After the Wyoming Legislature rejected a proposal to name a stretch of highway after the late Sen. Hank Coe, a pair of local leaders are suggesting the Yellowstone Regional Airport terminal be named …
After the Wyoming Legislature rejected a proposal to name a stretch of highway after the late Sen. Hank Coe, a pair of local leaders are suggesting the Yellowstone Regional Airport terminal be named in his honor.
Park County Commission Chairman Lee Livingston and Cody Mayor Matt Hall proposed the idea at an April 14 airport meeting, and board members are set to consider it next month.
“Hank ... was about air service to Cody, he was about air service to this county,” Livingston said of Coe. “And we just thought that [naming the terminal in his honor] might be a gesture for all the good stuff he did for this community.”
Though he was best known as a lawmaker — representing Park County in the Senate for 32 years — Coe also served as a county commissioner, a volunteer firefighter and as an advocate for commercial air service to Wyoming, among other roles. In January, just days before he succumbed to pancreatic cancer, a long line of the state’s top political figures paid tribute to Coe and his record of public service.
The Legislature appeared to be on the verge of naming a portion of Wyo. Highway 120 in recognition of the Cody Republican. A proposal to create the Hank Coe Leadership Highway around Cody passed the House overwhelmingly — 54-6 — and drew initial support in the Senate.
“This sure feels like a simple step to honor one of Wyoming’s greatest statesmen,” Wyoming Business Alliance President Cindy DeLancey told a Senate committee last month, describing Coe as “a champion for so many wonderful things business-related in Wyoming.”
Chris Brown offered similar praise on behalf of the Wyoming Lodging and Restaurant Association and the Wyoming Travel Industry Coalition.
“We feel that this is a fitting tribute to a man who spent many years of his life not just championing our industry, but serving our great state,” Brown said.
The director of the Wyoming Department of Transportation, Luke Reiner, had also lent his support to the Hank Coe Leadership Highway.
“Certainly a man that we all respected and admired,” Reiner said, “and this is very appropriate.”
Mayor Hall and Livingston testified in support as well.
“I know not everyone agreed with him,” Hall said of Coe, “but by God, everyone respected him.”
Following the supportive testimony, House Bill 135 breezed through the transportation committee unanimously on March 17 — and there were rumblings then that some of the Senate’s leaders might sign on as co-sponsors. But after some delays, the bill came to an abrupt halt on its third and final reading April 2.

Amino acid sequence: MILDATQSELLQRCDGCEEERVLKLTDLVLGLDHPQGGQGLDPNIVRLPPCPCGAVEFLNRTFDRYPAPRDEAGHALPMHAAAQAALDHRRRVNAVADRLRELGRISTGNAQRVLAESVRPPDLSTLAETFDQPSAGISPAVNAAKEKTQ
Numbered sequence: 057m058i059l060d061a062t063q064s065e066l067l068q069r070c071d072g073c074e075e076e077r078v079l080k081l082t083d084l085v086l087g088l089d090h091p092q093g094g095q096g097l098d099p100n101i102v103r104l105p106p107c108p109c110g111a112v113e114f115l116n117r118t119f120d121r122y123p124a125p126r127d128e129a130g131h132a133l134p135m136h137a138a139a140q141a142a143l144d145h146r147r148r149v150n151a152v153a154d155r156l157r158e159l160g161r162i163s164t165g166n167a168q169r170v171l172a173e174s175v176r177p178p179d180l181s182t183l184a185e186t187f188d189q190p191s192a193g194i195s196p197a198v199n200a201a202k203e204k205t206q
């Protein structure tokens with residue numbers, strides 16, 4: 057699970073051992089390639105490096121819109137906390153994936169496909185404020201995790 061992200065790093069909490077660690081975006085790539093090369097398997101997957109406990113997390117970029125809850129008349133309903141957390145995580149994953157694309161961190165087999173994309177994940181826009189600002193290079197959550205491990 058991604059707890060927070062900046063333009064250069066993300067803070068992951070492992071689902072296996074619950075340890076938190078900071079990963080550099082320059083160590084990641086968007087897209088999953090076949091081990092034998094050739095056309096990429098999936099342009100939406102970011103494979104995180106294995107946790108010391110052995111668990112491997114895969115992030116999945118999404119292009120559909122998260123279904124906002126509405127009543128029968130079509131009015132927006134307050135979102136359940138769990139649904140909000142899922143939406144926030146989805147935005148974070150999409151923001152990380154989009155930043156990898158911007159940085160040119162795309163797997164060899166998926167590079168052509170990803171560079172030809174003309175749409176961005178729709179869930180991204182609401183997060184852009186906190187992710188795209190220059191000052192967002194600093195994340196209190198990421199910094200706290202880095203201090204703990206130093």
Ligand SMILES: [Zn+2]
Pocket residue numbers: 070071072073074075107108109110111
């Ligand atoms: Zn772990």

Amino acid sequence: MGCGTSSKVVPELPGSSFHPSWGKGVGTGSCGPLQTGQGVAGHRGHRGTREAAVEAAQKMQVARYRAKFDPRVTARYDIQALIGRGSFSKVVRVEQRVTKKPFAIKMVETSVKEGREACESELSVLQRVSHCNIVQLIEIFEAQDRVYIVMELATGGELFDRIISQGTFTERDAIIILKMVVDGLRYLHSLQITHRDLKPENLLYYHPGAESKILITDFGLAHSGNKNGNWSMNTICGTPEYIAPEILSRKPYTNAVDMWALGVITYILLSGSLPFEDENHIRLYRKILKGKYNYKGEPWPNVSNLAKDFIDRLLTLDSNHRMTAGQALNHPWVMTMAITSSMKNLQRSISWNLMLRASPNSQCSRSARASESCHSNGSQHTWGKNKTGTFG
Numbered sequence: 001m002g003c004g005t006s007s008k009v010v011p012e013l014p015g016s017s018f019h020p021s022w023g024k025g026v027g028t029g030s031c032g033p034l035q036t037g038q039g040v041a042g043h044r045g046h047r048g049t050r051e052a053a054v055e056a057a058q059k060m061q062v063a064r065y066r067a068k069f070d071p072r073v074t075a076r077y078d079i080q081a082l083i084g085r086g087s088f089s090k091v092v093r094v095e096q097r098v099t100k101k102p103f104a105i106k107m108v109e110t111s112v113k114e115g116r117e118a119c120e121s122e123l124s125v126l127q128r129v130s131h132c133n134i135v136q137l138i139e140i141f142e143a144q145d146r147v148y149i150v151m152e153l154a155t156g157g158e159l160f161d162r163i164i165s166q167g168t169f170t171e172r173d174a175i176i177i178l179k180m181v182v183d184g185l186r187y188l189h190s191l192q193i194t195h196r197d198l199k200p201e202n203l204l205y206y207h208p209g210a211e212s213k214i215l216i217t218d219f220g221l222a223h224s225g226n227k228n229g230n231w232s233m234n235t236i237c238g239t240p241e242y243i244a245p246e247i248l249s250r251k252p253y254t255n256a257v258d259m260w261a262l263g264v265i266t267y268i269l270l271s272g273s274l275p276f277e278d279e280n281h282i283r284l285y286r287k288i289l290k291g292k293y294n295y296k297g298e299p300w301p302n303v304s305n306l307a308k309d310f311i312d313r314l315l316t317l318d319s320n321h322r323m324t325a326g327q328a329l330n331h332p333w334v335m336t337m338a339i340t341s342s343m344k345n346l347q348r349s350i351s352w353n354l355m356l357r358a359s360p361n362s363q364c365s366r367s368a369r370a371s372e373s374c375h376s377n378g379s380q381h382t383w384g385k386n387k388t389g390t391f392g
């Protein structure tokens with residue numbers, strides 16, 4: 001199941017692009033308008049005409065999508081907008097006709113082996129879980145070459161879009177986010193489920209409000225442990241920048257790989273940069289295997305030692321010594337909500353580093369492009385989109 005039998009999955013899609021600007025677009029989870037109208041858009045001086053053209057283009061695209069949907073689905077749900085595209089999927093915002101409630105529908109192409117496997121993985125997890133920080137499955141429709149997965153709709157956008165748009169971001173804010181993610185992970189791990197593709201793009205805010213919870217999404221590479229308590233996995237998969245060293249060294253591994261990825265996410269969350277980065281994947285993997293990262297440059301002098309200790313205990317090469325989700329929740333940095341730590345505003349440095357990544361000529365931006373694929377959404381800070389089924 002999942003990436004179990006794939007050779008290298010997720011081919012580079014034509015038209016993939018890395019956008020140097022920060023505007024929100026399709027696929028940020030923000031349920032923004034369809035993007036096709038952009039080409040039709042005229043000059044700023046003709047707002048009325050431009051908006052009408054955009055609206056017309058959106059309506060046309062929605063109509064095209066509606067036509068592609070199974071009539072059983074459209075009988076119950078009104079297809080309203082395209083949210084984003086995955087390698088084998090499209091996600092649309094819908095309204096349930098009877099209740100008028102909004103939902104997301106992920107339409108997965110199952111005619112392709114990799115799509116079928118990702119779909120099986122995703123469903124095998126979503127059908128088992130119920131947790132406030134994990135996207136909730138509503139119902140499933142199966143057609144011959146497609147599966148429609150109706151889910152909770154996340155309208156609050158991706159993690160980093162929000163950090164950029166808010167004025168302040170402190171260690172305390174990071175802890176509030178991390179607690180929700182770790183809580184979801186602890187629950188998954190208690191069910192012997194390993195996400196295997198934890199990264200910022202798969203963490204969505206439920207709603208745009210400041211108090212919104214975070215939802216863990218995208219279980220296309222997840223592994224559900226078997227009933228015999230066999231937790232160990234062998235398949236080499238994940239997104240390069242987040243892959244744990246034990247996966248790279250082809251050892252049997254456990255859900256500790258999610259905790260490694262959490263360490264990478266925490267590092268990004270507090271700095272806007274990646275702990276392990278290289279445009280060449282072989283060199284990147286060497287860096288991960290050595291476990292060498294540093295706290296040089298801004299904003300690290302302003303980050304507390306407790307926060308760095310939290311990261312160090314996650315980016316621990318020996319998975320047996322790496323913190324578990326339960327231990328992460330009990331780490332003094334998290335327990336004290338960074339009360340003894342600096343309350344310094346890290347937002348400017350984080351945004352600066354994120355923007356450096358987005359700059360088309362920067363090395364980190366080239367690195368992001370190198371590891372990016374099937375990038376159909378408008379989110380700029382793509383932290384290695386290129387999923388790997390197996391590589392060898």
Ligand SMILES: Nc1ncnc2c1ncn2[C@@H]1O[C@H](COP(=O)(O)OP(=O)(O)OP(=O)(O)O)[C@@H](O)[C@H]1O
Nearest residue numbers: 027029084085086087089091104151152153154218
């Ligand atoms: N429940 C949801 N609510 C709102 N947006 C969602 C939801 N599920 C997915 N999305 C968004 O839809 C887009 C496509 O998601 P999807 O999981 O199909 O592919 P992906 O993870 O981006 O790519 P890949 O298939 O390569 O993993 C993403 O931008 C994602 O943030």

Sen. Larry Hicks, R-Baggs, who is a Powell native, was the only lawmaker to speak, giving what he called a “difficult” speech against the legislation.
“I have an ultimate amount of respect for the man,” Hicks said of Coe, becoming emotional as he recalled the “tremendous leader.” However, Hicks noted other great legislators haven’t had highways named in their honor and suggested the bill could result in every road in the state carrying someone’s name.
“I have to ask myself, if Sen. Coe could weigh in on this debate, would he say, ‘I want you to name a highway after me …’?” Hicks asked his colleagues. “We carry Hank Coe in our heart, and in our minds, he graces the Capitol of the state of Wyoming [in photographs]. … I think that’s a hell of a tribute.”
HB 135 ultimately failed on a 12-17 vote. Sen. Tim French, R-Powell, who replaced Coe in the Senate, voted in support of the Hank Coe Leadership Highway, as did Sen. R.J. Kost, R-Powell. Park County’s third representative in the chamber, Sen. Ed Cooper, R-Ten Sleep, had cosponsored the legislation, but ultimately voted against it.
The defeat came as a surprise to Commissioner Livingston, who had said Gov. Mark Gordon might hold a special signing ceremony in Cody if the bill passed.
“I just kind of expected it to move forward,” Livingston said. Despite the setback, however, he vowed that “we’re going to do something” for Coe.
The Yellowstone Regional Airport board is set to discuss the possibility of naming the terminal in his honor at its May 12 meeting.
In the meantime, the Wyoming Aeronautics Commission passed a resolution honoring Coe at its meeting last week, commemorating his work to expand commercial air service in the state and “the life and achievements of a devoted public servant.”
On Thursday — what would have been Coe’s 75th birthday — Park County will officially recognize “Hank Coe Day.” Community members are invited to gather at Cody’s Beck Lake at 2 p.m. Following a short tribute to the late senator, the group will walk around the lake, Livingston said, taking “one of the walks that Hank really loved doing.”